In the past twenty years international law has evolved quite dramatically. Many aspects of this evolution can be described and interpreted as constitutionalization in the sense of an evolution from an international order based on some organizing principles such as state sovereignty, consensualism, non-use of force to an international legal order which acknowledges and has creatively appropriated principles and values of domestic constitutionalism. Constitutionalization is a matter of degree. It is an ongoing but not linear process, and is often disrupted. It is not all-encompassing, but is accompanied by antagonist trends. The constitutionalization process of international law is mainly driven by academics and to some extent by international courts, not by governments and treaty-makers. Nevertheless, the constitutionalist discourse has the merit of uncovering the structural deficiencies of current international law and assessing them in a new light. This chapter points to a set of failings of the present ‘constitutionalization’ of international law and suggest ways of moving forward towards a more ‘constitutionalized’ international society.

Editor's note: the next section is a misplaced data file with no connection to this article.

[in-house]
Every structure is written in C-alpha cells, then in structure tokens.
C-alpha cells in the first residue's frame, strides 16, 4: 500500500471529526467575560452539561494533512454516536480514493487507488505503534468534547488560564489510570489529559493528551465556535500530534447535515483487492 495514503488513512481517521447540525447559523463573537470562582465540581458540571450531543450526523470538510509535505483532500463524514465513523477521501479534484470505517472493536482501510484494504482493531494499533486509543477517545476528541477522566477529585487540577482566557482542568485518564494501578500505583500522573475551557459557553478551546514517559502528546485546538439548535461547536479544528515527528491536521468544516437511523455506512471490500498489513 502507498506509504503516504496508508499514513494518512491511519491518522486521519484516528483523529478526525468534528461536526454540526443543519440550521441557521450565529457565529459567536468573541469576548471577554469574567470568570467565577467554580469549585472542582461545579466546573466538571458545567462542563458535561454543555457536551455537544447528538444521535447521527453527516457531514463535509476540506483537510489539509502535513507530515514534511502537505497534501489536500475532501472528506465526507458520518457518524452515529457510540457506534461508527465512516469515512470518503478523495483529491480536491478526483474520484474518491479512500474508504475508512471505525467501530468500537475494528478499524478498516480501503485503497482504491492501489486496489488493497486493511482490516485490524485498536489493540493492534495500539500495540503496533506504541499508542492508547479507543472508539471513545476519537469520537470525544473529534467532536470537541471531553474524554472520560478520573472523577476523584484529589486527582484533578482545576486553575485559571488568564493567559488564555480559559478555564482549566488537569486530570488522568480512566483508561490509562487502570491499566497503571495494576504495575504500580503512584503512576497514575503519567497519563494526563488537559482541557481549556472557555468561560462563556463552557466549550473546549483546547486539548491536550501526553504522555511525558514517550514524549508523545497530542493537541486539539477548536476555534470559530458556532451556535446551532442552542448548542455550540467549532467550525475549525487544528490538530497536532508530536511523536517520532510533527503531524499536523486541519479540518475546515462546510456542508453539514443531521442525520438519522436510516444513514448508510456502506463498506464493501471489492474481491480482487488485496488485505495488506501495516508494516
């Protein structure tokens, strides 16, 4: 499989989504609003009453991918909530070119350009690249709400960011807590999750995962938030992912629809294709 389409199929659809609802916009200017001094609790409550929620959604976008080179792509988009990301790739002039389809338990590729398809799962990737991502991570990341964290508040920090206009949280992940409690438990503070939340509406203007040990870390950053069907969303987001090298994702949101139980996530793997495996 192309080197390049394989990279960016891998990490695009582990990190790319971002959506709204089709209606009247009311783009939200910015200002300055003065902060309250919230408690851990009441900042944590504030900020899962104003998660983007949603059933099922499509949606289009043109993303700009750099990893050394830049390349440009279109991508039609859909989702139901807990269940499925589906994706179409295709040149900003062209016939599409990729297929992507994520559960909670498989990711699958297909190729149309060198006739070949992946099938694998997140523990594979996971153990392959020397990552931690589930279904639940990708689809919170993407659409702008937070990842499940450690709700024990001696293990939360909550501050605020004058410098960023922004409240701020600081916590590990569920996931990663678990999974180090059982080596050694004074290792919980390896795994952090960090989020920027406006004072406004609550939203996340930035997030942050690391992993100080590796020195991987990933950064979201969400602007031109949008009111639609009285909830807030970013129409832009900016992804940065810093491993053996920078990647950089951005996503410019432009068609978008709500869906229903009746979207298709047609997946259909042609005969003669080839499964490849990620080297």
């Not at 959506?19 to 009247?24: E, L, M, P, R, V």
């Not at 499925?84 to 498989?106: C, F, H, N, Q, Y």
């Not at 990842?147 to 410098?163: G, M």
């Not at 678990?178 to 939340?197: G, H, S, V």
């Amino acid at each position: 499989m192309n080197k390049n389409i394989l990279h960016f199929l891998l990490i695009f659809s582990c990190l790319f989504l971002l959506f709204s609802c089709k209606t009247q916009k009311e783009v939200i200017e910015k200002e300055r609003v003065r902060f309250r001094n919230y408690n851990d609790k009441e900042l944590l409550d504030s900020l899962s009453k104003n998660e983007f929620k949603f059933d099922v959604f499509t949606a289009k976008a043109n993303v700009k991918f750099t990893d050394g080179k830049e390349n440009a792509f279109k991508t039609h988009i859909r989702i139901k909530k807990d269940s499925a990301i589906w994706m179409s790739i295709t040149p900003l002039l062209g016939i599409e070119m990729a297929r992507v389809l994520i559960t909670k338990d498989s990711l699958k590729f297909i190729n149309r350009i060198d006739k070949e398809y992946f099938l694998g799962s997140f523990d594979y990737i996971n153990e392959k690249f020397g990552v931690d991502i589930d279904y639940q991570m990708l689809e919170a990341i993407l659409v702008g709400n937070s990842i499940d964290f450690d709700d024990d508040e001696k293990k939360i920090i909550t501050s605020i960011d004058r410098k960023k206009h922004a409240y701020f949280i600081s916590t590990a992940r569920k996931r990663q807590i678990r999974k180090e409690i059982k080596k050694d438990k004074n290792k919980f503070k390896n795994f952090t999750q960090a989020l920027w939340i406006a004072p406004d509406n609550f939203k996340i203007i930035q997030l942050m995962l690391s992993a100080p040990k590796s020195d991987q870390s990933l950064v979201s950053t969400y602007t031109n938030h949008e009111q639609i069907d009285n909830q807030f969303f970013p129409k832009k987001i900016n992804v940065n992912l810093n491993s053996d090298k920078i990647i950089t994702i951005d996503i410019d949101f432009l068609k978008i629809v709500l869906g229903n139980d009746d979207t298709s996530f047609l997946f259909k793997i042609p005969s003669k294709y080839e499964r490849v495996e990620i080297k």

"Are we Moving Towards constitutionalization of the World Community?"
Realizing Utopia: The Future of International Law